When Barry returns in August it will be a first for Australian audiences. “I am really excited to bring my live show down here because I think the Australians and the Irish have a similar sense of humour. Well at least I hope they do. Do they? Because that is the show I am bringing down here: me planting thoughts in people's heads, extracting thoughts, hacking into their minds. I hope I understand Aussie brains.
"The show is designed to make people laugh first. And then when they’re crying with laughter, they will be fooled badly as well," he explains. "It’s kind of a comedy show mixed with magic, mentalism, brain hacking and mind reading.”
Barry began studying magic at the age of 14 when he purchased a book entitled Magic for the Complete Klutz. But it wasn’t until university when he picked up his girlfriend's psychology books that he realised he could put the two together and create, what they’re now calling brain hacking.
"From then I just studied as much as I could on psychology, human behavior systems, pattern recognition, literally anything to do with the brain. Since I was 18, so half my life. When you mix all those different elements you can really try and figure out what people are thinking," he says.
"But it doesn’t always work. Sometimes you get stuff wrong. When I first started off I would be getting stuff wrong all the time. But over time, you get better at it.”
And has he ever used it to his advantage? I, for one, would be using it to get out of speeding tickets.
“Oh yeah, stuff like that but I like to use it more in high-end stores. Like, if my wife is buying a dress or something. Every girl likes to get a good deal. But what I do is, I go into the corner of the room and hypnotise the sales assistant and make her give me the dress for $10 when it's worth $500. And yes, this has really happened," he smiles.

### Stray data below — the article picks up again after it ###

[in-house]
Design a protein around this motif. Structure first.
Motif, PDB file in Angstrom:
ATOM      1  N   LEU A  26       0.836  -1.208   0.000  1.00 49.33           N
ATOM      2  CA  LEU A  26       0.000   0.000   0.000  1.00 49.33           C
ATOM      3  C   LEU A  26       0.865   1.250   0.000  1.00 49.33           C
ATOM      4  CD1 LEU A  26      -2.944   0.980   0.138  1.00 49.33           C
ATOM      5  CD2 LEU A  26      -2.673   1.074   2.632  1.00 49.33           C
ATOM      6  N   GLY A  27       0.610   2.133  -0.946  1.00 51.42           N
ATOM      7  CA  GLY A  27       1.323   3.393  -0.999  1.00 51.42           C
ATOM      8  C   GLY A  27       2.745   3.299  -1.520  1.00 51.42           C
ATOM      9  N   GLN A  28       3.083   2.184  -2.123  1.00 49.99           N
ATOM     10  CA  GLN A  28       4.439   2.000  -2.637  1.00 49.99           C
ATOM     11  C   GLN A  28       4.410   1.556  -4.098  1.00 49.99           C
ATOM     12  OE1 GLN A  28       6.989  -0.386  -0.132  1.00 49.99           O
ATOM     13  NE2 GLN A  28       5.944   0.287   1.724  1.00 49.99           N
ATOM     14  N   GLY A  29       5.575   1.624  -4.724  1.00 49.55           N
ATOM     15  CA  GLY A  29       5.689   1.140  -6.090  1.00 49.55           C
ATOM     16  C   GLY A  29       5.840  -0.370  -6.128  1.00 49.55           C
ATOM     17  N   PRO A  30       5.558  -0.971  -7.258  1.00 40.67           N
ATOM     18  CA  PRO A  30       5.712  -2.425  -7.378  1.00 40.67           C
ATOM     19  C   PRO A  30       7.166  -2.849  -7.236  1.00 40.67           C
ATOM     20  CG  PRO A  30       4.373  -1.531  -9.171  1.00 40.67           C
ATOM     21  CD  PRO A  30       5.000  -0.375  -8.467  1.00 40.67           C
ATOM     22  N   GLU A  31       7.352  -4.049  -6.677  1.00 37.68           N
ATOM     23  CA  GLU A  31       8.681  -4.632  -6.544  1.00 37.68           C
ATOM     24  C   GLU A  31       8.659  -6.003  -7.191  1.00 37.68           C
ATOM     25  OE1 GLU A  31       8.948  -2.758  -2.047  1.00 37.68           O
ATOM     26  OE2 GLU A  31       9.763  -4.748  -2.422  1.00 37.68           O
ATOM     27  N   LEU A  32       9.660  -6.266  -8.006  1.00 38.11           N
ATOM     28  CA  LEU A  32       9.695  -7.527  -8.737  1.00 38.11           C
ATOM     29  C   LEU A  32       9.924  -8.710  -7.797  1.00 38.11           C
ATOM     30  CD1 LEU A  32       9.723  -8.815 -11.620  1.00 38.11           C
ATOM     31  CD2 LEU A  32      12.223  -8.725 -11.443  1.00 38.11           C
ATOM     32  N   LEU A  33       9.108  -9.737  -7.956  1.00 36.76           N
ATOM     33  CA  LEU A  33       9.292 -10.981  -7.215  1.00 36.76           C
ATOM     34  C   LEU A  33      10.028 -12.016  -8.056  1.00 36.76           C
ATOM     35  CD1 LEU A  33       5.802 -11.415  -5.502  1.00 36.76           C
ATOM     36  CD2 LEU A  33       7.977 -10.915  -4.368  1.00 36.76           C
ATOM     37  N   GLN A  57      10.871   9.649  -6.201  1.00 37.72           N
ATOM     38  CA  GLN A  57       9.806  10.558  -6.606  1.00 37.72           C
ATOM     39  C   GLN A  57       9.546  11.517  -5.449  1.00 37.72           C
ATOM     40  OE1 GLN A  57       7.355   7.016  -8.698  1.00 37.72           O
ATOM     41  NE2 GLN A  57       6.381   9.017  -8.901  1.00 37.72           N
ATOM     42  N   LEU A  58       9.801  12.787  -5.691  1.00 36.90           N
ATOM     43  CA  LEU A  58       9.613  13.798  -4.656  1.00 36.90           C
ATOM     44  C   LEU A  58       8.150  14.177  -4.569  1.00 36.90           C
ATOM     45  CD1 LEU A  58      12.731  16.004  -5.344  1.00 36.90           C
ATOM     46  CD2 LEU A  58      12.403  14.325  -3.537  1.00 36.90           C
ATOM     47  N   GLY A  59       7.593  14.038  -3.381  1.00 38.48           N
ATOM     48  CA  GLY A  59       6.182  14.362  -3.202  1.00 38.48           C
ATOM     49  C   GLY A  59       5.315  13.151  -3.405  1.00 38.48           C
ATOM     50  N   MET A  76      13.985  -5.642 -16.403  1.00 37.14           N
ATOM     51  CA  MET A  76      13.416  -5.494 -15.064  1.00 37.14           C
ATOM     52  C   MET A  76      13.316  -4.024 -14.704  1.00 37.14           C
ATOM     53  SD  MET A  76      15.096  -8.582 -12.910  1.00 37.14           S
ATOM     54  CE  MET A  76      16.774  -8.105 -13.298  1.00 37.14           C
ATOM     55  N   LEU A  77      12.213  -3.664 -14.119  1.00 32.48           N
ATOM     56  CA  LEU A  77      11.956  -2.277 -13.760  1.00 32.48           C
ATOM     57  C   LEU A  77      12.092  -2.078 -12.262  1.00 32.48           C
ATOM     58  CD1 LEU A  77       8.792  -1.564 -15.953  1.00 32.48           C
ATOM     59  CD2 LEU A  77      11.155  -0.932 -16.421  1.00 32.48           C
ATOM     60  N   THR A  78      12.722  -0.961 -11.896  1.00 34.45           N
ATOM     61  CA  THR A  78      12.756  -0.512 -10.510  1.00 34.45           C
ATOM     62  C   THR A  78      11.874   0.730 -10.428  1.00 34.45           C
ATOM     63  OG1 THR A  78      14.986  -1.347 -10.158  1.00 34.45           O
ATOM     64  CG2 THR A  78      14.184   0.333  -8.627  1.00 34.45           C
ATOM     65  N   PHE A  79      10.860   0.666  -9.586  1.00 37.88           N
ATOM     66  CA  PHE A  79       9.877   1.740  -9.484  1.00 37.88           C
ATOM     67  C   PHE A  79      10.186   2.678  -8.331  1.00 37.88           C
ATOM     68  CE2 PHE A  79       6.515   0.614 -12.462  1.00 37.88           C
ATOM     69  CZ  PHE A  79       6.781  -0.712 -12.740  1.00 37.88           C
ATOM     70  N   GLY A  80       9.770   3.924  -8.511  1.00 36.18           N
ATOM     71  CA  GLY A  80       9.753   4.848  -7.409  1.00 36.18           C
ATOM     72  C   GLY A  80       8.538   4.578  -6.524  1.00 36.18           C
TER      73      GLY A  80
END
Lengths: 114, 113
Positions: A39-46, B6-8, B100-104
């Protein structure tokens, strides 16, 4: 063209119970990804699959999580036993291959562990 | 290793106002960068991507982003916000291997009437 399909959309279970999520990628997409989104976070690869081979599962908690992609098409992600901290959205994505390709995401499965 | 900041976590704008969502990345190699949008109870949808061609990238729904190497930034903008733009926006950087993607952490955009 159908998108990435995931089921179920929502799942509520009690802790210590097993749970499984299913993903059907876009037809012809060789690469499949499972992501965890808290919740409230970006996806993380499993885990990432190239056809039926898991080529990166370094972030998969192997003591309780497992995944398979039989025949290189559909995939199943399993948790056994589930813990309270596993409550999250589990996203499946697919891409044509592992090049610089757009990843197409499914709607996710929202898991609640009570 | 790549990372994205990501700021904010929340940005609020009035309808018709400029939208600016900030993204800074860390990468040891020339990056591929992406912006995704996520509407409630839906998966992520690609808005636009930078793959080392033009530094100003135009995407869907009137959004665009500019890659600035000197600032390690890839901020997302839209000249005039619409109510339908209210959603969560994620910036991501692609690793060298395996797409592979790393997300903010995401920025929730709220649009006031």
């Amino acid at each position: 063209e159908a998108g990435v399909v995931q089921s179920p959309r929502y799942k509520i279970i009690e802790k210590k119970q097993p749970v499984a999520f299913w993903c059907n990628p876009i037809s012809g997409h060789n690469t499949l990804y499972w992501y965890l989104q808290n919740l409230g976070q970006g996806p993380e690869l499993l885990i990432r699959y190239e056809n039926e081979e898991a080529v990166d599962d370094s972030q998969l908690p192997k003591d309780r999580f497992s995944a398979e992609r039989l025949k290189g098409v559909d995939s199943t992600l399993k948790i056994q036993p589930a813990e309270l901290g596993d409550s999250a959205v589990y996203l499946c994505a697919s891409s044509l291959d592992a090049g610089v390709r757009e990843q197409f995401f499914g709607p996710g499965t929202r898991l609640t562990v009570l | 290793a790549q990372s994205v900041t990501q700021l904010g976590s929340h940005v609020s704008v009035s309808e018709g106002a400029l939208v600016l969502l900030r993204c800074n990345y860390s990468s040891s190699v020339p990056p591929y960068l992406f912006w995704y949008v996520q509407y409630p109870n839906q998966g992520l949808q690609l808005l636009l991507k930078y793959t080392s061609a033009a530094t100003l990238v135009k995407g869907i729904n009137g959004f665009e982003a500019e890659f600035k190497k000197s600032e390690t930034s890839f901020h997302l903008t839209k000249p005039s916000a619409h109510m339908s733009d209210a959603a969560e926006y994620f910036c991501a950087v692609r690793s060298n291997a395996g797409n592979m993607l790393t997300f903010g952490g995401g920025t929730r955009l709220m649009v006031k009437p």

"You have to be able to spot the right person. So it will only happen, maybe once a year. I might see hundreds of sales assistants, but I know it’s not going to work so I don’t even try. You gotta spot the right person and then bang – you can knock them under,” he explains.
And how does he spot a soft target?
“I can spot an easy person to crack, and it’s the opposite of what people think. The more intelligent the person, the easier it is for them to go into deep hypnosis and deep trance. Because they listen more intently. They listen to instruction. Stupid people cant follow direction. I don’t want to sound mean but it’s true,” he says.
“People think you have to be stupid to be hypnotised but it’s the other way around. Brains are like safes, some are easy to crack into and some are difficult to crack into,” he says rather ambiguously.
Barry asks me to say the word I chose earlier in my head. Not out loud. After getting me to repeat the alphabet and visualise the object (he has figured out that it’s a tangible item) he writes something down. Staring at me so intently it makes me blush, he asks me if the word is 'magazine'.
I sigh, feeling awkward and somewhat responsible for the failed attempt. I wonder if my safe was too hard to crack into, thus making me stupid.
I tell him the word I chose was 'newspaper'. Sorry Keith, it’s Friday, my brain is really scattered.
“Oh, not magazine? Fuck. So close,” he shakes his head.
Then he shows me the piece of paper. It says: newspaper.
Keith Barry will perform in Sydney (Aug 2), Brisbane (Aug 16), Adelaide (Aug 19), Melbourne (Aug 21) and Perth (Aug 25). See livenation.com.au